There are some common mistakes that are easy to make while in discovery. Here are a few you’ll want to avoid:
Don’t allow your client to punt with the excuse that they don’t understand this sort of stuff. To help your client, avoid loading up your documents with technical jargon. This sort of detail is better left for functional specifications that only developers read. Your discovery documents need to describe in plain English what you intend to build.
Don’t skimp on the business case. Have a rationale for everything you recommend and make sure it maps to a business need. It’s okay to debate the value of recommended functionality with your client so long as you can demonstrate how your recommendation helps achieve objectives. Your client may have a better idea or your client may choose to change the vision or objectives slightly. Both of these are fine outcomes, but be sure to revise documentation to reflect any changes.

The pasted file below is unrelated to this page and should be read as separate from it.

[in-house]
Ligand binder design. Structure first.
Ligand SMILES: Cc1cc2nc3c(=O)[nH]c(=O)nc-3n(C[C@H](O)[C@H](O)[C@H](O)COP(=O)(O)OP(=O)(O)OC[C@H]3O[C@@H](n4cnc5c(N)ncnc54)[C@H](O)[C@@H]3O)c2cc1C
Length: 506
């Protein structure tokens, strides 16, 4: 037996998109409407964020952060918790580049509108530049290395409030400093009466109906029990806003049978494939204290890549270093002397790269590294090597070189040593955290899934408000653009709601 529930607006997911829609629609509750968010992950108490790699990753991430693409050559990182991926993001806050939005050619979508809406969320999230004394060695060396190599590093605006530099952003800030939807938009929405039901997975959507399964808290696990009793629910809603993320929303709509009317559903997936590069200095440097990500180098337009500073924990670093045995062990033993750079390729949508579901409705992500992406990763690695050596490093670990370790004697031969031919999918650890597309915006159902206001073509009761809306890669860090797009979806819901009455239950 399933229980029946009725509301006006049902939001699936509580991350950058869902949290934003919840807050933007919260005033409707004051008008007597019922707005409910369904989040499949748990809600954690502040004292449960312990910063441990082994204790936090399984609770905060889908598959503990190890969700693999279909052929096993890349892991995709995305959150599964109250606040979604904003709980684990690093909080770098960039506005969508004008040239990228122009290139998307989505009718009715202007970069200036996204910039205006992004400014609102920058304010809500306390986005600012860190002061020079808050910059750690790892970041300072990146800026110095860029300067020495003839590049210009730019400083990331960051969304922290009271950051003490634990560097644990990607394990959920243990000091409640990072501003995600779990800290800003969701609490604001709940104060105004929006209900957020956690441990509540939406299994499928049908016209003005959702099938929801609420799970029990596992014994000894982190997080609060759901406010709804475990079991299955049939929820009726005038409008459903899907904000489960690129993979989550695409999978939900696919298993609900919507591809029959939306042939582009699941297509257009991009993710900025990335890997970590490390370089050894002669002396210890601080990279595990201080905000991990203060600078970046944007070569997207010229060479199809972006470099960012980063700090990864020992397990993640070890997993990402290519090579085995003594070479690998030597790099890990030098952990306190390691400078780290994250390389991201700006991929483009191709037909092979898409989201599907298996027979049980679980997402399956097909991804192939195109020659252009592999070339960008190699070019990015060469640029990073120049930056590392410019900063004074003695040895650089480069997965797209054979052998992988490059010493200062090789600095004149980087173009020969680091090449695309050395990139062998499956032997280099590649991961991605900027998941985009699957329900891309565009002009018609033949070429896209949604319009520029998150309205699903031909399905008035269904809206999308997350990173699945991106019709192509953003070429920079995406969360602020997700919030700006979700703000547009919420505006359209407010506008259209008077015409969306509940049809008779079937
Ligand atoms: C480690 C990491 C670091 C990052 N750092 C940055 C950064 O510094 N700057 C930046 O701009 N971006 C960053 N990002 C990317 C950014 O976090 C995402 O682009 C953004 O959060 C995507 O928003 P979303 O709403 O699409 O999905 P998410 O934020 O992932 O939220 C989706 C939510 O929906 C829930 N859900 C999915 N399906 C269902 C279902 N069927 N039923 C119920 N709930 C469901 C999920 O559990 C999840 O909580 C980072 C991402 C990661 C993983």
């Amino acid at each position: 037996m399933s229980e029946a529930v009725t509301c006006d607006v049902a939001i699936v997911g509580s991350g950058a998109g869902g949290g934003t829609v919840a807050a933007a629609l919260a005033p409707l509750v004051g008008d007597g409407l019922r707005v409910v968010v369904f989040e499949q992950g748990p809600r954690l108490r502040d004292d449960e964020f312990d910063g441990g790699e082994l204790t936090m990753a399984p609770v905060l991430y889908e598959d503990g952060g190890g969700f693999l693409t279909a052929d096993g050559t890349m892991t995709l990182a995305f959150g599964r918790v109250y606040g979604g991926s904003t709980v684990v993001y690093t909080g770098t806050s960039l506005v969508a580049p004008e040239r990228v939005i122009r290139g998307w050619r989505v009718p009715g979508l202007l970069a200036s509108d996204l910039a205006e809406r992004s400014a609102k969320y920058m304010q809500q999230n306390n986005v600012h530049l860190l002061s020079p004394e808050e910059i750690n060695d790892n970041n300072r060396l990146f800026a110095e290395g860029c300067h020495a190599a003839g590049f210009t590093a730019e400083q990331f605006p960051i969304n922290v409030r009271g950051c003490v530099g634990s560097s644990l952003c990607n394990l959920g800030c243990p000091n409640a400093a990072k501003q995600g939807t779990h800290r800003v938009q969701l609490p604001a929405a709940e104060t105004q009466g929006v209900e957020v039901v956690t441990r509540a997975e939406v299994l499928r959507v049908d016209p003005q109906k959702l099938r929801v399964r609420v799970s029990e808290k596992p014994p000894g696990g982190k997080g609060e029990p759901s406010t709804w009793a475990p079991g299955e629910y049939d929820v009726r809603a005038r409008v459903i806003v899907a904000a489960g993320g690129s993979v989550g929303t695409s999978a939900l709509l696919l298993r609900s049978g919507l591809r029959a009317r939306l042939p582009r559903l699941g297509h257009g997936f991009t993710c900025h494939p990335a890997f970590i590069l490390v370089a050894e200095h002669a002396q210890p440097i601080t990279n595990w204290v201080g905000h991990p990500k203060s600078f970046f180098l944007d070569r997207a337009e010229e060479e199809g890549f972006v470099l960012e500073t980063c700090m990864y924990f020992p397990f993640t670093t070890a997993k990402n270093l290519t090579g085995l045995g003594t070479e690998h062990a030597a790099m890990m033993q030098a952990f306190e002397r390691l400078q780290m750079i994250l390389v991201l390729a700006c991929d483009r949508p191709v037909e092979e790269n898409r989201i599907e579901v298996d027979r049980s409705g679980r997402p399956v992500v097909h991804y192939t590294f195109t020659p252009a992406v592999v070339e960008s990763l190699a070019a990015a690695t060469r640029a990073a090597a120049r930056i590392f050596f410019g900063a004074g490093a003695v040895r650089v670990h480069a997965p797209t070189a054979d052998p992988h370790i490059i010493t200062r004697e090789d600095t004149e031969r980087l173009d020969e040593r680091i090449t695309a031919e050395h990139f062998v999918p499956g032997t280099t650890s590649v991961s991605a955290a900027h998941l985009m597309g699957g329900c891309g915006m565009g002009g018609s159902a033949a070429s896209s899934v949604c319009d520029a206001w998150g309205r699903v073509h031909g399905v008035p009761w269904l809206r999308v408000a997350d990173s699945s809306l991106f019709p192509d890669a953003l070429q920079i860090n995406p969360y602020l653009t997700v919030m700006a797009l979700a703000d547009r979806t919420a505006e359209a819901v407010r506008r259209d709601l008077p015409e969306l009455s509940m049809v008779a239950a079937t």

Don’t assume your point of contact has sole ownership of the project. Ask your client if anyone else needs the opportunity to review your discovery documentation. Too often clients assume that their superiors won’t be interested at such an early stage and don’t understand how discovery affects everything that follows. Tell them a project can spin out of control if the vision is off and how it’s important all key stakeholders are aligned on the plan from the start.
Phase Two: Design
Every website has a personality and your client is responsible for telling you the desired personality of their finished project. Think of this in terms of, “Within two seconds of seeing this new site, your visitor will be thinking, what?” Document the answer, and make sure all client stakeholders agree.
From that point forward, use this as a framework for critiquing design. If someone doesn’t like a design decision have that person explain how it misses the intent, referring to the design documentation.
There are also some common mistakes that can occur in design phase. Here are some to avoid: